I understand your attempt of minimizing and justify a classless repurposing of what many Americans recall as a treasured visual icon of WWII. Its sad you giving my a mini history lesson that my 7 years in art school has more than covered, because I stand on the side of perserving sanctity of those who gave their freedom on Iwo Jima. BTW Darragh, what is your opinion of Kurtz use of such iconic photo and when do you think the sanctity of the second raising flag photo expired? You have to understand the justification of any art should not desecrate or at minimum undermined the dignity those with greater intentions. Although, Kutz's image is not among the first, should my tolerance be less?

Darragh Sinnott's picture

Well there are quite a few questions here so I will resist the urge to pass a snide comment about your poor grammar although you claim to have spent seven years in art school and move on to answering your questions.

"I understand your attempt of minimizing and justify a classless repurposing of what many Americans recall as a treasured visual icon of WWII."

While this is not a question it is a fallacious claim as you are asserting that I am both minimizing and justifying something to be 'classless'. Under no circumstances did I ever state that environmental awareness was classless. That is an assertion that you have cast onto me. In fact it is you that are making that assertion and attempting to pass it as mine.

You follow this with stating that it is 'sad' that I am 'giving a mini history lesson' that your time in art school has covered. Well should your time in art school have taught you the specifics on Iowa Jima I apologize, you see I was unaware that the general art school curriculum covered that one particular incident, however as part of a compound sentence you also include an opinion telling of personal beliefs. I am not sure if this statement addresses my assertion that images relevance and time decays that relevance or you feel my comment about the history of the event is general knowledge.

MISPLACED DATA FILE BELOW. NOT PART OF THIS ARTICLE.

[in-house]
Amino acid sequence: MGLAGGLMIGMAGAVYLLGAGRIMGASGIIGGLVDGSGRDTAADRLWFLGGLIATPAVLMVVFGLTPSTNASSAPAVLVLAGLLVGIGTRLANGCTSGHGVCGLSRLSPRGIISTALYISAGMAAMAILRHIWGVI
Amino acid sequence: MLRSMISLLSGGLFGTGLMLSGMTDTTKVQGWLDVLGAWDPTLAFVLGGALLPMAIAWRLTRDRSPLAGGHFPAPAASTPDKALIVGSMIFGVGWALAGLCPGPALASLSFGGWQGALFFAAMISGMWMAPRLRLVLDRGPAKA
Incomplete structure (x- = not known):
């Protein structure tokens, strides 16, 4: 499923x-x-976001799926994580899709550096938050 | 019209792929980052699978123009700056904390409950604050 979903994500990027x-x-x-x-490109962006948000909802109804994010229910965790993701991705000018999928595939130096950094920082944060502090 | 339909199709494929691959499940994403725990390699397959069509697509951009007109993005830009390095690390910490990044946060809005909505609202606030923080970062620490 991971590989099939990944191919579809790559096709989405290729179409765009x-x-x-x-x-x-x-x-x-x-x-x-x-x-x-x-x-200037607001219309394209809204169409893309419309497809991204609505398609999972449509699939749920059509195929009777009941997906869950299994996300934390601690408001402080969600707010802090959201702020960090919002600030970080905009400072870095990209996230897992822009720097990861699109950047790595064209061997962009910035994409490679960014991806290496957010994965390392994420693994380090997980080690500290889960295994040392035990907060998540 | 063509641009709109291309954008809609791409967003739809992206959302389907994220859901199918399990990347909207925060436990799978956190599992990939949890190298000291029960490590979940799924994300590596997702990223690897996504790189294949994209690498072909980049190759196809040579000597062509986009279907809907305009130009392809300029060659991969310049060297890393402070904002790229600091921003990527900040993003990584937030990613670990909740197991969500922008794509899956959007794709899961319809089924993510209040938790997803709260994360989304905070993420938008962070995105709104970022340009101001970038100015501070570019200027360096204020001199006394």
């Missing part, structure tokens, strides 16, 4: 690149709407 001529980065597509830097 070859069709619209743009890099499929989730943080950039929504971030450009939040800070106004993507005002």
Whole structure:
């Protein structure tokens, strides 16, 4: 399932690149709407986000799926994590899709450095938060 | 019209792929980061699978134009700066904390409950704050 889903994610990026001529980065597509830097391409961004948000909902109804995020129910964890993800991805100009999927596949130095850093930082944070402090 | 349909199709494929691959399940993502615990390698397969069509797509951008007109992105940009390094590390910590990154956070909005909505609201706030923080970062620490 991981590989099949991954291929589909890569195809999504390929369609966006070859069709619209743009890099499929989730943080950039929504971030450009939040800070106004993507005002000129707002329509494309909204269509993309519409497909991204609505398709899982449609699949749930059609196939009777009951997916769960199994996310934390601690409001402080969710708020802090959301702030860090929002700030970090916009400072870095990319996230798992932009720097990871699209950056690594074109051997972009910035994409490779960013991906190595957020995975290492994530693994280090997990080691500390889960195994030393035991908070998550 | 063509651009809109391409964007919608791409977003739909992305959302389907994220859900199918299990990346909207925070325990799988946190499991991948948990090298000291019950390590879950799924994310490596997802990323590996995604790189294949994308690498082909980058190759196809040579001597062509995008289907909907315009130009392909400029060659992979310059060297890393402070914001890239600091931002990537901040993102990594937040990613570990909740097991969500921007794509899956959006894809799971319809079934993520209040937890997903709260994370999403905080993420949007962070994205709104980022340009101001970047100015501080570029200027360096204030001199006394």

My opinion of Kuntz's photo is as such, it is a time appropriate adaption for a different call to action. I am sure you had no problem when it was used as a call to buy war bonds as it was frequently used. The use of an 'iconic' form adapted for a new cause does not depreciate the historical impact of said image. However the so said 'sanity' of the image will fluctuate over time will depreciate as world views change and people interpret it as they will. If you wish to uphold it in your mind feel free that is your right but it has little effect on how the rest of the world works.

Are you equally as moved by the appropriation of the other historical adaption above? Many people died in the French revolution. If you assert that all images that pay homage to the dead will hold their relevance through out time then you must surely agree that maxim is held across all nationalities and cultures. What say you about the relevance of works that represent tyrants that we still hold as historical treasures? I reference David's death of Marat.

You then state that the 'justification of art should not desecrate or at minimum undermine the dignity of those with greater intentions'. First of all I was unaware you felt that a desecration was taking place. You must have much stronger feelings against this than you first commented. Then you is the use of the word 'should'; when you state should you give art utility, art has no universal utility. Art just exists regardless of its purpose. I also have a problem with the actual point of this statement as I can reference several underminings within the art world. From Andres Serrano's Pisschrist to Maurixio Cattelan's The ninth Hour, as far back as Caravaggio's Death of the Virgin. Then there is your assumption of all those with good intentions in fact do good deeds. My opinion on that is synonymous with Camus's.

As far as it not sitting well with you fell free to have your opinion but please avoid asserting that this is a 'desecration' or asserting that my opinion supports 'desecration' as that is the sort of rhetoric that causes for long winded posts that veer away from the intended purpose of the article. As for tolerance that is up to you I am not going to tell you what you should do as your are entitled to do as you please but like or not you are tolerating this work, in fact you are bringing it attention by attacking it. You have little option other than to tolerate it as you lack the power to remove it from the public sphere and I doubt you will do much as this argument closes.

juergen buettner's picture

Great idea and quite well done